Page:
The Second Wave of American Liberal Education - Part II – Theory and Application
There are significant advantages in being a liberal arts institution with a long history of professional education in the arts, business, education, and at one time, the ministry. We are really good at liberally educating students for meaningful professional lives.
One recently popular effort to establish a core knowledge base was the “Cultural Literacy” movement spearheaded by E.D. Hirsch. His Dictionary of Cultural Literacy, co-authored by Joseph Kett and James Trefil defines the Liberal Arts as:
The areas of learning that cultivate general intellectual ability rather than technical or professional skills. Liberal arts is often used as a synonym for Humanities, although the liberal arts also include the sciences. The term liberal comes from the Latin liberalis, meaning suitable for a free man, as opposed to a slave.
This is a pretty good definition. It certainly represents the traditions of private higher education prior to the Second World War. It does, however, suggest a certain intellectual elitism that may not be profitable to our contemporary enterprise. This elitism has been at the center of some of the most public debates surrounding academic life throughout the 20th century. It also separates theory from meaningful application.
I am reminded of a conversation I had nearly 30 years ago during an interview for a sabbatical replacement I did at a very traditional southern college. I was visiting with a delightful, senior member of their English Department who incidentally was quite a good pianist. He said, with a sense of irony that I would only appreciate much later, “Jonathan, you must understand that it is important for a southern gentleman to know enough about music to appreciate concerts and to serve effectively on his local symphony board, but he mustn’t become too proficient as a musician. This is what he hires others to do for him.”
This has been one of the great misfortunes of a number of distinguished academic institutions, and it springs from Plato. In Republic, he suggests that musical proficiency should be left to the servant class, and I am convinced this model fostered centuries of theory-only classrooms, but as Steve Martin said, “Talking about music is like dancing about architecture.”
There is a danger, in my view, that a curriculum solely rooted in the past, no matter how rich and relevant it may be, is like learning to drive while never averting your eyes from the rearview mirror. There is no shame in getting one’s hands dirty in the pursuit of enlightenment. I am proud to point out that this has been a hallmark of Susquehanna’s educational philosophy from the very start.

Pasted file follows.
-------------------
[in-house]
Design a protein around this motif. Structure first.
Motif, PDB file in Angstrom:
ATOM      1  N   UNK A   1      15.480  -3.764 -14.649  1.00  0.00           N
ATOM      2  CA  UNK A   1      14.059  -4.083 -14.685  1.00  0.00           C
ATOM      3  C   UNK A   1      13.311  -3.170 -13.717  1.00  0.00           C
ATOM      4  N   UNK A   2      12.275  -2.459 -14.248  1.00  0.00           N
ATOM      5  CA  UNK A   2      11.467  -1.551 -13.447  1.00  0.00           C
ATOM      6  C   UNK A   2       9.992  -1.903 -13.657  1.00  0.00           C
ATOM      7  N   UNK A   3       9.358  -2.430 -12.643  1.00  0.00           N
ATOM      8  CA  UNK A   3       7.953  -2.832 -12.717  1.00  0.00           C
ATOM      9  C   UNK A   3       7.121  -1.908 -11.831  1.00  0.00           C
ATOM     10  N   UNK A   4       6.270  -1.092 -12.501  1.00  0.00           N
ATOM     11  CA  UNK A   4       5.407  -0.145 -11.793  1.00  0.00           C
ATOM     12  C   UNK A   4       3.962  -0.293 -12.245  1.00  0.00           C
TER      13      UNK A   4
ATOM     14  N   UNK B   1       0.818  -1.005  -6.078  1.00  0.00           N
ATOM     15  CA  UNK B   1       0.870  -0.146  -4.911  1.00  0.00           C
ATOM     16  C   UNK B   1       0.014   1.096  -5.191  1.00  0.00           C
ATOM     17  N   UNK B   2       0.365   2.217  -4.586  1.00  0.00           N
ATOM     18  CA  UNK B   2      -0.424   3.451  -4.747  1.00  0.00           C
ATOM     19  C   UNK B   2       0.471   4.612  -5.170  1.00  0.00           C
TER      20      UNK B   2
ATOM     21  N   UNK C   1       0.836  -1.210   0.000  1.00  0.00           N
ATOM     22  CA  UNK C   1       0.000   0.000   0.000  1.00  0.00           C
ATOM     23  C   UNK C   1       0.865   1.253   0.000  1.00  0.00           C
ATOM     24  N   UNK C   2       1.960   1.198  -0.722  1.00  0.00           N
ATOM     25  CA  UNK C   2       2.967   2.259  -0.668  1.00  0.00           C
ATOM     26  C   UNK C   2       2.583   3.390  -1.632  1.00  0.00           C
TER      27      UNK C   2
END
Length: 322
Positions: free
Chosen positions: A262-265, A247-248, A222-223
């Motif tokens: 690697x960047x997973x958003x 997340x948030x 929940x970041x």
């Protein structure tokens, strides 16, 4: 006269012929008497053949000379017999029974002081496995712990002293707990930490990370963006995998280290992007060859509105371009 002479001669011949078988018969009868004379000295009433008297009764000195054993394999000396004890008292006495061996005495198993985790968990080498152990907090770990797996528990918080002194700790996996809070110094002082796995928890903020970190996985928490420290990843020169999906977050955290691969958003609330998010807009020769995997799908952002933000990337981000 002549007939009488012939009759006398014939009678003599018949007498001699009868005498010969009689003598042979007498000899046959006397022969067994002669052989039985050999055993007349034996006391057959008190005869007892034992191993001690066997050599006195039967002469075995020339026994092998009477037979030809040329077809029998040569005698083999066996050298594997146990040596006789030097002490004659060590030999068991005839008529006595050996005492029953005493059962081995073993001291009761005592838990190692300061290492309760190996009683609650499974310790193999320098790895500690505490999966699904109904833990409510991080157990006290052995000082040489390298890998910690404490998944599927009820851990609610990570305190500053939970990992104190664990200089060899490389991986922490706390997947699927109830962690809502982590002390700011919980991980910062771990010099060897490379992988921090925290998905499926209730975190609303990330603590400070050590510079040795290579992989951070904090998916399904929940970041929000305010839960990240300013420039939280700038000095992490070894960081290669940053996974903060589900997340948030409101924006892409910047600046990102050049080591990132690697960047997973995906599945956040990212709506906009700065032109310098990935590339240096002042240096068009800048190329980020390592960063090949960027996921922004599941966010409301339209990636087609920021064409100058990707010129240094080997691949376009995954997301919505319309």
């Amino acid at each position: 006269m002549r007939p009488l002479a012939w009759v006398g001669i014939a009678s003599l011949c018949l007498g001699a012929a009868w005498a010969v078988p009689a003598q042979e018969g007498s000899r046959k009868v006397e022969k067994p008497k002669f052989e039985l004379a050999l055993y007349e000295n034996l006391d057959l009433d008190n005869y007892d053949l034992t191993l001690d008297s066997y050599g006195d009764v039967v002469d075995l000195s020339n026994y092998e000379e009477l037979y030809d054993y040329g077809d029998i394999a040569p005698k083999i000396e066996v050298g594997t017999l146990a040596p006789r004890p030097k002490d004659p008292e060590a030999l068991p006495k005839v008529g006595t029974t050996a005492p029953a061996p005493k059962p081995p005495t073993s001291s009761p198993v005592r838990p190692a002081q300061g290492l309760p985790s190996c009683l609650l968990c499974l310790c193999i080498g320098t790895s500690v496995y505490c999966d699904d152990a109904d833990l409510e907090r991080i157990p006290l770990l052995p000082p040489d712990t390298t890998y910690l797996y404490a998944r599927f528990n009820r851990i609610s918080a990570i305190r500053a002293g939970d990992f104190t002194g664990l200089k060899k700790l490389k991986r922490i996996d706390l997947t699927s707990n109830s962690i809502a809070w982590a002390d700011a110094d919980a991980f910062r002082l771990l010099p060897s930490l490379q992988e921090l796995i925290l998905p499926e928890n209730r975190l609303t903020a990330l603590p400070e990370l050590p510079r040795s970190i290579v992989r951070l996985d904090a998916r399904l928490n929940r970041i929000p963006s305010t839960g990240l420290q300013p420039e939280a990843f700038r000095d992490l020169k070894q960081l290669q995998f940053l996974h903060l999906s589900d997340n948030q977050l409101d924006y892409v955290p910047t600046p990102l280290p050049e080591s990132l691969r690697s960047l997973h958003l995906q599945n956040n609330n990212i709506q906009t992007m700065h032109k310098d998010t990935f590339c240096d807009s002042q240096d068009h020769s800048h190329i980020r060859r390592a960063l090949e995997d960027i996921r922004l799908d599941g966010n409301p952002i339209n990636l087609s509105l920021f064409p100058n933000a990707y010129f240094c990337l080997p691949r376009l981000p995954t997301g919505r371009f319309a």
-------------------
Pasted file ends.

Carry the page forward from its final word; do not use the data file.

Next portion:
On a number of occasions, I have quipped that I did not have a liberal arts education, and that I have been trying to catch up ever since. As an undergraduate student, I was in a training program to be an opera singer, but even then, I was required to take a general education program. At that time many students believed, and this was somewhat reinforced by some of our faculty, that the general education courses were an inconvenience that took us out of the practice rooms and studios.
Strangely enough, in hindsight, the richest holistic education I received was within the professional school. While music was the center of the curriculum, much of what we learned was how other forces and ideas shaped our art. We learned physics, physiology, literature, design, history, and philosophy all in the service of our discipline. Because of this, in that context, these subjects were given profound relevance to us as students, and more importantly the interconnections of these ideas were made clear as they were drawn into a common circle.
Stranger still, in my own educational experience, the most unified and catholic curriculum was my doctoral study in conducting. Religious doctrine, social history, liturgical traditions, kinesthetics, philosophy, acoustics, contract law, and literature were all integral components of study. This may in part be due the fact that it is discipline that demands an unusual integration of intellect, emotion, and management with techniques of physical communication.
Otto Klemperer, whom some of you will remember as one of the greatest conductors of the 20th century (others may give him more credit as the father of Werner Klemperer who played Colonel Klink on Hogan’s Heroes), stated that the best training for a conductor was a degree in philosophy and a job as a coach in an opera house. He had a good point, recognizing the importance in a complete education of theory and practice.
Students thrive and become culturally literate when they have a pragmatic fulcrum upon which to balance the world of ideas they encounter. We will continue to celebrate how we connect the disparate elements of our students’ education in meaningful and relevant ways. This is something Susquehanna does unusually well. Professional studies and liberal studies have cohabitated on our campus since the founding. This is precisely how we provide an intersection between mission and market.